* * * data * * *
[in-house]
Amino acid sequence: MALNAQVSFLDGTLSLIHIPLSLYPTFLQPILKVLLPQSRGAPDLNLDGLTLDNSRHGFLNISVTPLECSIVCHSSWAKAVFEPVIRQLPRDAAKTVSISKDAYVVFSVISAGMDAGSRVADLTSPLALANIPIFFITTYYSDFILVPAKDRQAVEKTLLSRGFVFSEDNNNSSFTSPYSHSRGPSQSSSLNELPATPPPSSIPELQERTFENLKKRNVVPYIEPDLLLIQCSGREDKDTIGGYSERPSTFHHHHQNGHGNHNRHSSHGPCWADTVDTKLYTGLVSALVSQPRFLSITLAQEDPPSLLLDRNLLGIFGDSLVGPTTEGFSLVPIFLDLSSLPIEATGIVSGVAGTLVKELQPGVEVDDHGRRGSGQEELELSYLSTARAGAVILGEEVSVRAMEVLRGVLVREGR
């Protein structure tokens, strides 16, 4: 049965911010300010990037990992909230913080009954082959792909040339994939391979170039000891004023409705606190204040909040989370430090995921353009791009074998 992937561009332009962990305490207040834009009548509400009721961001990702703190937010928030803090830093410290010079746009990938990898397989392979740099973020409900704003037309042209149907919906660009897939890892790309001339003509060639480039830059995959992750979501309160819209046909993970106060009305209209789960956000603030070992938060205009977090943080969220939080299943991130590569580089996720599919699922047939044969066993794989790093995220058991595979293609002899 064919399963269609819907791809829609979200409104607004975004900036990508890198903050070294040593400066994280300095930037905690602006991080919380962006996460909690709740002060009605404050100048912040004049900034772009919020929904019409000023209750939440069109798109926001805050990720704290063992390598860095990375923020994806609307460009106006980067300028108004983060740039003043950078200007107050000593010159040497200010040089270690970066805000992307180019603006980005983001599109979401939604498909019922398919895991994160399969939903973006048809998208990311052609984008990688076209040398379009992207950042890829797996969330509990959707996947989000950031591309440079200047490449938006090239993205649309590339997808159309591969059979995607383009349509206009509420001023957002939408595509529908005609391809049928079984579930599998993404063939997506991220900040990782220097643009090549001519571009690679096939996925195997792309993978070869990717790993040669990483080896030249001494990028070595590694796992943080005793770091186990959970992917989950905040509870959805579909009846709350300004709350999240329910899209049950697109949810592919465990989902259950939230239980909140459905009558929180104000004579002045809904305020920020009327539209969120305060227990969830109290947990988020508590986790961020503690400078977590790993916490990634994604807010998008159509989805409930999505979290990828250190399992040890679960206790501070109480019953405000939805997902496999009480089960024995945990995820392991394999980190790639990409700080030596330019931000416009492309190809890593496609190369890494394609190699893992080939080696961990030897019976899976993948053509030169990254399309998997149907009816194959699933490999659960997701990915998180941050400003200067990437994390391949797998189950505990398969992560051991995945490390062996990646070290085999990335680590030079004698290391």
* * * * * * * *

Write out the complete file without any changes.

[in-house]
Amino acid sequence: MALNAQVSFLDGTLSLIHIPLSLYPTFLQPILKVLLPQSRGAPDLNLDGLTLDNSRHGFLNISVTPLECSIVCHSSWAKAVFEPVIRQLPRDAAKTVSISKDAYVVFSVISAGMDAGSRVADLTSPLALANIPIFFITTYYSDFILVPAKDRQAVEKTLLSRGFVFSEDNNNSSFTSPYSHSRGPSQSSSLNELPATPPPSSIPELQERTFENLKKRNVVPYIEPDLLLIQCSGREDKDTIGGYSERPSTFHHHHQNGHGNHNRHSSHGPCWADTVDTKLYTGLVSALVSQPRFLSITLAQEDPPSLLLDRNLLGIFGDSLVGPTTEGFSLVPIFLDLSSLPIEATGIVSGVAGTLVKELQPGVEVDDHGRRGSGQEELELSYLSTARAGAVILGEEVSVRAMEVLRGVLVREGR
């Protein structure tokens, strides 16, 4: 049965911010300010990037990992909230913080009954082959792909040339994939391979170039000891004023409705606190204040909040989370430090995921353009791009074998 992937561009332009962990305490207040834009009548509400009721961001990702703190937010928030803090830093410290010079746009990938990898397989392979740099973020409900704003037309042209149907919906660009897939890892790309001339003509060639480039830059995959992750979501309160819209046909993970106060009305209209789960956000603030070992938060205009977090943080969220939080299943991130590569580089996720599919699922047939044969066993794989790093995220058991595979293609002899 064919399963269609819907791809829609979200409104607004975004900036990508890198903050070294040593400066994280300095930037905690602006991080919380962006996460909690709740002060009605404050100048912040004049900034772009919020929904019409000023209750939440069109798109926001805050990720704290063992390598860095990375923020994806609307460009106006980067300028108004983060740039003043950078200007107050000593010159040497200010040089270690970066805000992307180019603006980005983001599109979401939604498909019922398919895991994160399969939903973006048809998208990311052609984008990688076209040398379009992207950042890829797996969330509990959707996947989000950031591309440079200047490449938006090239993205649309590339997808159309591969059979995607383009349509206009509420001023957002939408595509529908005609391809049928079984579930599998993404063939997506991220900040990782220097643009090549001519571009690679096939996925195997792309993978070869990717790993040669990483080896030249001494990028070595590694796992943080005793770091186990959970992917989950905040509870959805579909009846709350300004709350999240329910899209049950697109949810592919465990989902259950939230239980909140459905009558929180104000004579002045809904305020920020009327539209969120305060227990969830109290947990988020508590986790961020503690400078977590790993916490990634994604807010998008159509989805409930999505979290990828250190399992040890679960206790501070109480019953405000939805997902496999009480089960024995945990995820392991394999980190790639990409700080030596330019931000416009492309190809890593496609190369890494394609190699893992080939080696961990030897019976899976993948053509030169990254399309998997149907009816194959699933490999659960997701990915998180941050400003200067990437994390391949797998189950505990398969992560051991995945490390062996990646070290085999990335680590030079004698290391």